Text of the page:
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‘It happens all the time’ - USMS Recognizes National PTSD Awareness Day

For immediate release

By Emily Neece, Office of Public Affairs

The United States Marshals Service (USMS) acknowledges June 27th as National PTSD Awareness Day in an attempt to reduce stigmatization about the disorder. According to the National Center for PTSD, roughly 12 million Americans have post-traumatic stress disorder (PTSD) in a given year; however, only half of Americans with the disorder get diagnosed due to negative stereotypes.

PTSD Awareness Logo

PTSD is a mental health problem that occurs after experiencing or witnessing a life-threatening event. Because law enforcement officers face traumatic events as a part of their job, they are at greater risk of developing PTSD.

“Having a national awareness day allows everyone to focus on PTSD,” said Deborah Eason, the Chief of the USMS Employee Assistance Program and a licensed clinical social worker. “It gives us the opportunity to provide resources and education around the topic, especially in the law enforcement community.”

In her role as Chief, Eason leads a team of clinicians to provide free counseling sessions for USMS employees and their families. The sessions are just one of the many resources offered by the EAP and serve as a reminder of USMS's daily commitment to strengthening mental health.

Eason says that misinformation about PTSD is one of the biggest reasons people do not seek a diagnosis. In her opinion, stigma is heavier within the law enforcement community due to fears of job preparedness.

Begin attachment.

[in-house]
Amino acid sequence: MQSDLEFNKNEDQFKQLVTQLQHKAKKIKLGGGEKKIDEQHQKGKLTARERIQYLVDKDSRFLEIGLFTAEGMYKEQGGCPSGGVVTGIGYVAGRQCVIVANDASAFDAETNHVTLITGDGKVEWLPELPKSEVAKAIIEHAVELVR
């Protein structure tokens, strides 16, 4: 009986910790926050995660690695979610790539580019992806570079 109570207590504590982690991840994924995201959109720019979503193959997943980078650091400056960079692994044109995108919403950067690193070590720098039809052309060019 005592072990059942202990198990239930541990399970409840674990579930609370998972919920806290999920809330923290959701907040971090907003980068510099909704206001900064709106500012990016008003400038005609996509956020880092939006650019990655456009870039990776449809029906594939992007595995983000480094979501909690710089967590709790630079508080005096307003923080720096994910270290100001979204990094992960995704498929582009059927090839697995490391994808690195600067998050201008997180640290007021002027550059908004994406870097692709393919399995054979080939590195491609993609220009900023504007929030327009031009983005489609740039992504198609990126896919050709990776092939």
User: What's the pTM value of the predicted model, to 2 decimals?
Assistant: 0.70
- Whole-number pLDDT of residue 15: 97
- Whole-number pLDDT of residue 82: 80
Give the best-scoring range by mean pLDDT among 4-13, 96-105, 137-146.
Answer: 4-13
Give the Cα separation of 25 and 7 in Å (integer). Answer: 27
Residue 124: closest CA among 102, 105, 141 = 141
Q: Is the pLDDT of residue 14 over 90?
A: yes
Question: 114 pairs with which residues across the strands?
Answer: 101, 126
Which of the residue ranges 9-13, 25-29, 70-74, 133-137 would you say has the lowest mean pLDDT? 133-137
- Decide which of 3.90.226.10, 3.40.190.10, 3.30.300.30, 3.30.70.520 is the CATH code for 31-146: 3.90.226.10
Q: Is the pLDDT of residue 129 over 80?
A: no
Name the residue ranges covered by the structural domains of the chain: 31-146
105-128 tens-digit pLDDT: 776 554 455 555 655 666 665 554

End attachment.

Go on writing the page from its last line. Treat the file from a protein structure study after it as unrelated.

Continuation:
“It happens all the time,” said Eason. “We have to dispel the myths and rumors that seeking out help is somehow a weakness.”

One way to support people with PTSD is to get educated on the signs. According to the National Institute of Mental Health, common symptoms include nightmares, flashbacks, avoidance, restlessness, difficulty concentrating and feelings of fear, anger, guilt or shame. Symptoms generally emerge within three months of a traumatic event though it is important to understand that PTSD does not follow a fixed timeline.

“I think that the biggest myth is that people feel like they have to live with PTSD,” Eason said. “PTSD is treatable.”

During counseling sessions, USMS clinicians use a variety of treatments including Prolonged Exposure Therapy, Cognitive Processing Therapy and Eye Movement Desensitization and Reprocessing.

National PTSD Awareness Day was first recognized in 2010 following the passage of a Senate resolution, making 2024 its 14th year.

If you believe you or a loved one have PTSD, visit the National Center for PTSD for more resources on how to seek help.

Additional information about the U.S. Marshals Service can be found at


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